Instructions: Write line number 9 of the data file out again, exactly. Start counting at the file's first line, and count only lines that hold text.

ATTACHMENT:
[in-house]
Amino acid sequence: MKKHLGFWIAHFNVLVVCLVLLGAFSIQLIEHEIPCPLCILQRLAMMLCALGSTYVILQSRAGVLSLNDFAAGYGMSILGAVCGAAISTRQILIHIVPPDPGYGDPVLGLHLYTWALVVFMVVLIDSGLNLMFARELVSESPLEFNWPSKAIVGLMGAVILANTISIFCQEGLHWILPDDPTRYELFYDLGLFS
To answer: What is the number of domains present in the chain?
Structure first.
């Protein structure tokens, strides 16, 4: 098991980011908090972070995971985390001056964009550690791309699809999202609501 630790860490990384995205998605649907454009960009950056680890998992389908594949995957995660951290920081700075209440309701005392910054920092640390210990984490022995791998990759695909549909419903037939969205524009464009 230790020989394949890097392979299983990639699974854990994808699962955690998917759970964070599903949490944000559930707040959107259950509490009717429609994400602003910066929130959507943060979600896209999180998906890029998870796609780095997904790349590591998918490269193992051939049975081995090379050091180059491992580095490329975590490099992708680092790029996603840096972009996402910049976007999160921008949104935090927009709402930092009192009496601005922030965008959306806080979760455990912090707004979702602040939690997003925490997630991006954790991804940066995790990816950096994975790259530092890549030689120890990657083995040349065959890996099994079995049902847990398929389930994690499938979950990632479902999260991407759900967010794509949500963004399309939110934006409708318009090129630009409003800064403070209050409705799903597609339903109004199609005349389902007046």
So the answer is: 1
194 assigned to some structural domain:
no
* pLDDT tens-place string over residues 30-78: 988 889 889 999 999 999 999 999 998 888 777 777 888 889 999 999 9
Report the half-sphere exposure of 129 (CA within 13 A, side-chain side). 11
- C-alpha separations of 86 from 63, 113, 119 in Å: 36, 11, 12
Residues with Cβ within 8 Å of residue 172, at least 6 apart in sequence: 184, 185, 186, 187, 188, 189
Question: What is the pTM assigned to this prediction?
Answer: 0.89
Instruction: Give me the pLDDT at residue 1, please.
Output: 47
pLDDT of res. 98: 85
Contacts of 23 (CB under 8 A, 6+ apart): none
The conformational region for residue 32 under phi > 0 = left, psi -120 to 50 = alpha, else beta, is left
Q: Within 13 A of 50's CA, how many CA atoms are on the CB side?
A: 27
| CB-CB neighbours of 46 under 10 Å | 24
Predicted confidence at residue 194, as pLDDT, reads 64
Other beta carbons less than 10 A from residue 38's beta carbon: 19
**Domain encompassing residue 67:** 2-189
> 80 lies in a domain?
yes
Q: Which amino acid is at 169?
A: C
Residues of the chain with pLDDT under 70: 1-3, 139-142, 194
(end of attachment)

* pLDDT tens-place string over residues 30-78: 988 889 889 999 999 999 999 999 998 888 777 777 888 889 999 999 9